Se7en Discovers The Irma Stern Museum…

I have been sharing some of Cape Town’s best kept secrets for a while now, especially when there is a bookish connection that folks can enjoy with it. Recently we shared a book about Able Seaman Just Nuisance, from Simonstown and do we have a gem for you today. The Story of Irma Stern, A Passionate Vision by Katherine Graham and illustrated by Suné Raubenheimer. Irma Stern was one of South Africa’s leading Expressionist artists from the last century and the Irma Stern Museum is one of Cape Town’s best kept secrets… that we have just discovered and we are going to tell you about it.


Introducing Irma Stern

Irma Stern was born in a small South African town, called Schweizer-Reneke in 1894. Her father was the town shopkeeper and her parents were of Jewish-German descent. Throughout her childhood she and her family lived a life of travel… never lingering in South Africa or in Germany for too long. When she grew up, traveling became part of who she was and she loved nothing better than going for long trips and finding inspiration en route.

In Germany she attended school and in South Africa she had a tutor, affectionately referred to as Dok. (Short for doctor). Irma was to grow up and become one of the most prolific and popular of South African artists of all time. During World War I, while her family were staying in Germany, she was able to train at an art school and get equipped as an artist… the career she had chosen for herself, in era before women actually chose careers.

Not only did she survive the First World War, but the Second World War as well… her passion for travel kept her enthusiastic and inspired her to create more and more colourful art. She traveled throughout Southern Africa and between the Wars she returned to Cape Town from Germany… where she and her family rented a house in Breda Street.

We recently stayed close by to this house while we were visiting in the city and of course, we had to take a walk and have a look at the house as it is now… a huge Victorian house with a magnificent Oak Tree and a lush garden. Irma was living with her parents in the city, but later bought her own house in Rosebank, called the Firs, where she lived for the rest of her life. The Firs was really a base, where she could gather herself, create art in her studio, hold dinner parties and then set off on an adventure again. Her home, the Firs, has become the Irma Stern Museum, and is well worth a visit.
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A Passionate Vision, the Story of Irma Stern

The recent book published about the life of Irma Stern is a fairly easy reading book aimed at primary and middle school level readers. It is the perfect introduction to the life and times of this famous artist, written specifically for young people. It describes her life from her birth in 1894 in Schweizer-Reneke, to her passing in 1966, due to complications of diabetes.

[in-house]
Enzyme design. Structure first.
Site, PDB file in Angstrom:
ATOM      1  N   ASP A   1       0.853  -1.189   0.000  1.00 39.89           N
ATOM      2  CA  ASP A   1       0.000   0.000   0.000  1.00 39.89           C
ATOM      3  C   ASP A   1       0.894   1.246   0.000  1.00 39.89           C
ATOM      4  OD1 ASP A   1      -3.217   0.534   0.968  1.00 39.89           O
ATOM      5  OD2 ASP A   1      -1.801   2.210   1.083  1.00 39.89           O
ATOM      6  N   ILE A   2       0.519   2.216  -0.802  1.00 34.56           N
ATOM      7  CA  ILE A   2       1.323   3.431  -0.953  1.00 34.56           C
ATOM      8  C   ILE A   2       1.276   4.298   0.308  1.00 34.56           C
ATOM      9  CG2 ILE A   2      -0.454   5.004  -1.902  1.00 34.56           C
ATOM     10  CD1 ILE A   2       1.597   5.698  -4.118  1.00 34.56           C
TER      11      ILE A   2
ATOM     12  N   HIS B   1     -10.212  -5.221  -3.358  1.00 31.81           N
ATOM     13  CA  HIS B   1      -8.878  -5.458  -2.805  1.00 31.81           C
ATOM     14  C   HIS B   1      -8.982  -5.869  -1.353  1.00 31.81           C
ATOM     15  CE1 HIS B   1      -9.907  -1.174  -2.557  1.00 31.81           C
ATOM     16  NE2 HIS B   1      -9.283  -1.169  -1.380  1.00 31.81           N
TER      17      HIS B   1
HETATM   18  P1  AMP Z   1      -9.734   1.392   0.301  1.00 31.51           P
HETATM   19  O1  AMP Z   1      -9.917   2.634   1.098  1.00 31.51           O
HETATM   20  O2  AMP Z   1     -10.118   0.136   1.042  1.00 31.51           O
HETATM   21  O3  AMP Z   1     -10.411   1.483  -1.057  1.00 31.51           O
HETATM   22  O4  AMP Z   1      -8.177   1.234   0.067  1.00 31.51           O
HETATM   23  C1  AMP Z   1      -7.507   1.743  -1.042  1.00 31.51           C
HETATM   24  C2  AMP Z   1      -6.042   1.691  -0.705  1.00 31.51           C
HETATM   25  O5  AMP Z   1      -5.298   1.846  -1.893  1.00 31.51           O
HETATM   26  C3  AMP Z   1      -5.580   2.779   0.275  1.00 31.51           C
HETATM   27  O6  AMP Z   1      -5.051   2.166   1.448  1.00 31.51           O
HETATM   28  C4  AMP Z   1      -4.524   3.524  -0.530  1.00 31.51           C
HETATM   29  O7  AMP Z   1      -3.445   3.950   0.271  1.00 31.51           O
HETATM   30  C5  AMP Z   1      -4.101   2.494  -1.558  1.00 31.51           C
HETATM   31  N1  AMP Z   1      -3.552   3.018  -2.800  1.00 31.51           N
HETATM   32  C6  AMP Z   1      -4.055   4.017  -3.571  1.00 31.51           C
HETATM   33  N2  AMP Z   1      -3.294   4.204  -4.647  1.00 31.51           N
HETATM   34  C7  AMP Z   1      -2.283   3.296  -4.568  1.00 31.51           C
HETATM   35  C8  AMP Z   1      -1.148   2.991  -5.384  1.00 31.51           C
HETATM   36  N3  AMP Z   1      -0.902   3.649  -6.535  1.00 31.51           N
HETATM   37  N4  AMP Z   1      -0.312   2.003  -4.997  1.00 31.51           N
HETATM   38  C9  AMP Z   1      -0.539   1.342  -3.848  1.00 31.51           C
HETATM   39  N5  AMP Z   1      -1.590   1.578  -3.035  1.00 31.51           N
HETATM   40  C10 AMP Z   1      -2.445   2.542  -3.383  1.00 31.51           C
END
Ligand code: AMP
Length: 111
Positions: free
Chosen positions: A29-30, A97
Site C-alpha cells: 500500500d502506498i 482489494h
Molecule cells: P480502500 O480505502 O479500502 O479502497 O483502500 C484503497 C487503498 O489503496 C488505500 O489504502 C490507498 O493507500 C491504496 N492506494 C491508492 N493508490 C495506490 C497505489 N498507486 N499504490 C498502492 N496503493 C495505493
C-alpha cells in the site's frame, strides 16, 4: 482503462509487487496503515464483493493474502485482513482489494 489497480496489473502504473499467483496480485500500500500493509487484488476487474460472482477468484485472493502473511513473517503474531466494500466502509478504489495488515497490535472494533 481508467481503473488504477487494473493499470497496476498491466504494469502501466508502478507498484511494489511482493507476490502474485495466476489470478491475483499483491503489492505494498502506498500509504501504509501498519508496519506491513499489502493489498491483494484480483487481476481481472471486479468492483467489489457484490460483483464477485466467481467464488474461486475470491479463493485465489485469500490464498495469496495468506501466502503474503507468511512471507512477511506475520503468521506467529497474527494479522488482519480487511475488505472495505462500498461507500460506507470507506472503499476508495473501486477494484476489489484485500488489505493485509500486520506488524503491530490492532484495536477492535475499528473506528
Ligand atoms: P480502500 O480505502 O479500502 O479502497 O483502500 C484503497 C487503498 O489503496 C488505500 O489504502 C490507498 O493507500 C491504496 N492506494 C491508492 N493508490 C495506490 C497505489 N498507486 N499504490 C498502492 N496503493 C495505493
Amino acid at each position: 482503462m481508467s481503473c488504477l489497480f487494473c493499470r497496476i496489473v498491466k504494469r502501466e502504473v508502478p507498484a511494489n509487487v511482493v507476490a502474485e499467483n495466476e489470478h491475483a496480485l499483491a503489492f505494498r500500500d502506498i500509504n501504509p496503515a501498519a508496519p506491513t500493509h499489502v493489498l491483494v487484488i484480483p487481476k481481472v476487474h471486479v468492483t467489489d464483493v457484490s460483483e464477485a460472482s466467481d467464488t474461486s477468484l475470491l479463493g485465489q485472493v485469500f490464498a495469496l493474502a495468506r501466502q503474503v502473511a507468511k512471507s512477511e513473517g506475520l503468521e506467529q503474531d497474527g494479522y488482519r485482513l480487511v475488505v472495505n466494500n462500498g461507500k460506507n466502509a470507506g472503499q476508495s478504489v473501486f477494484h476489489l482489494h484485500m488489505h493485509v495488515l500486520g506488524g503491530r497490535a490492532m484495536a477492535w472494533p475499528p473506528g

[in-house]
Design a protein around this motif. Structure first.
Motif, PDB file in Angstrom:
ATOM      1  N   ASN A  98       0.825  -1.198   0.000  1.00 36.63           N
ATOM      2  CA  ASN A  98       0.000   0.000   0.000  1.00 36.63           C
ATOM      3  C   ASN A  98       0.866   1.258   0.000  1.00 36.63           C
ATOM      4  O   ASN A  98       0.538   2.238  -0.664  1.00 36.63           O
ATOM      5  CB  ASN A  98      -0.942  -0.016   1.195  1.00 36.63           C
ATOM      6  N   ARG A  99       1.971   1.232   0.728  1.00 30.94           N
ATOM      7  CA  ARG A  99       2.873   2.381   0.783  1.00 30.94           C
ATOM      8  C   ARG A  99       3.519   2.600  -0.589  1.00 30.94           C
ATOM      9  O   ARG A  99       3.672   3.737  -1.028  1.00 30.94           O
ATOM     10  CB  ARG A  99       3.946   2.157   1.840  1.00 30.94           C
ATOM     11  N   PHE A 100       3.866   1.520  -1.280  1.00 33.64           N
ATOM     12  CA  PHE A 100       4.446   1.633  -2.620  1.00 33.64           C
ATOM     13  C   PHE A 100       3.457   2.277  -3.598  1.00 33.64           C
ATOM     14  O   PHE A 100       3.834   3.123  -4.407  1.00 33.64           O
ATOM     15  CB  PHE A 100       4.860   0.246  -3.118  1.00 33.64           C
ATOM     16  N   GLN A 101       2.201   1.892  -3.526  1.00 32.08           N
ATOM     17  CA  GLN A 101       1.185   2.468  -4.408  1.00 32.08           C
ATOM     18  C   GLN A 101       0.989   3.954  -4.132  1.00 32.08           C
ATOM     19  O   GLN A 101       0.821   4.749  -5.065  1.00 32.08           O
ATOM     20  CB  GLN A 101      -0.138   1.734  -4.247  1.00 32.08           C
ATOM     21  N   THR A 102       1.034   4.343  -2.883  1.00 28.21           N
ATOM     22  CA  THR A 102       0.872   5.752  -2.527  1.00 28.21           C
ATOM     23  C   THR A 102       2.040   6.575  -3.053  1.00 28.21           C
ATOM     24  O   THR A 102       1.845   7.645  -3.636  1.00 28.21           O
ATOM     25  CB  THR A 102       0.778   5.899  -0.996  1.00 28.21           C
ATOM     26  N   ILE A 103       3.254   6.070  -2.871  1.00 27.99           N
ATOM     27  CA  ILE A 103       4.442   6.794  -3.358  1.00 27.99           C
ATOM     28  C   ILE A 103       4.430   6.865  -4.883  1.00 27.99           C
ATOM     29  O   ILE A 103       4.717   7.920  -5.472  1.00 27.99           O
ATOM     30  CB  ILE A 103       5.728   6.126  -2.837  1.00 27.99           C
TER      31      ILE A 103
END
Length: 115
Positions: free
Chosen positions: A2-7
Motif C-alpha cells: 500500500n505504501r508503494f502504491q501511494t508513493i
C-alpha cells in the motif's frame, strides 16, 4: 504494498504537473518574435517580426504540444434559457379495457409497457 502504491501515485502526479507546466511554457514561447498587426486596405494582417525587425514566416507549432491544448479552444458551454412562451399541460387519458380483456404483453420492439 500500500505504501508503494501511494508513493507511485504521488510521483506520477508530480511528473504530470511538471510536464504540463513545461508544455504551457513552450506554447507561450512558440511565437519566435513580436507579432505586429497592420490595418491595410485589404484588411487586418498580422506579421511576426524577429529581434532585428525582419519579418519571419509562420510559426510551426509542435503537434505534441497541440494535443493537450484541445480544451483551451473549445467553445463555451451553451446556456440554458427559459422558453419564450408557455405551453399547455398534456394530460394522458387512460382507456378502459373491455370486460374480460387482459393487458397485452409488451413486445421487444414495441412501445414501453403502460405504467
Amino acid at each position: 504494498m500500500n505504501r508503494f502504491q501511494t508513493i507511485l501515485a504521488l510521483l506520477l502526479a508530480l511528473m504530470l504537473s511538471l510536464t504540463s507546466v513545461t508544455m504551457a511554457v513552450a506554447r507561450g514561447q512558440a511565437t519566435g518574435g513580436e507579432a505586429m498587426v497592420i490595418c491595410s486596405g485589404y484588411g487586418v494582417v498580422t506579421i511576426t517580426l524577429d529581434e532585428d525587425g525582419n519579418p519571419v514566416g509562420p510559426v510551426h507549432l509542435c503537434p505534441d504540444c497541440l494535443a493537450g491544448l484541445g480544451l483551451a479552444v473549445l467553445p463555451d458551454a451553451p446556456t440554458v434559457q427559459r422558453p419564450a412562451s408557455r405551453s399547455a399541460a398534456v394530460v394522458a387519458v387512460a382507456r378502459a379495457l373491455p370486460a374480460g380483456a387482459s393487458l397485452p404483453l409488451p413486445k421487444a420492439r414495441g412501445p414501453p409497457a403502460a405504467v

She led an interesting and adventurous life, and she lived in difficult times. She survived two world wars. Even though she came from a wealthy family, and her work became extremely popular all over the world, (even the Queen Mother bought one of her paintings), she had few true friends and a miserable marriage that eventually ended. Short chapters and richly illustrated in black and white, and the centre of the book contains a handful of plates of her artwork… showing the vibrant colours she used as well her brush strokes.

It appears that she was a prolific journaler and we really enjoyed that the author of the book, Katherine Graham, was able to weave of excerpts from her diaries and letters to and from Irma’s friends, into the book. It is a lovely way to get a vivid picture of someone who lived in the past. This biography does bring the artist to life, we get a good picture of who she was and her work. The book makes great reading for interest sake, and would be useful as a reference work if you were looking for South African school resources as well.

Interestingly enough we have been reading the very popular book Rebel Girls as a family, for the last while and it was unanimously decided that Irma Stern would make the most perfect addition to the Rebel Girl collection. She showed determination and grit to follow her calling… her art was not welcomed into the world… it took years of hard work to be recognised as the artist that she knew she was. She was an explorer, before it was considered popular, and long before the world was ready for Africa, she was ready to showcase the Africa that she discovered and the people of Africa, with her portraits, to the world.

A Visit to the Irma Stern Museum

We really got so into the book that we decided that we would make a visit to the museum and were we in for a delightful surprise. The Irma Stern Museum is definitely one of Cape Town’s hidden treasures and should be on every one who wants to visit an Art Gallery in Cape Town’s Must Visit List…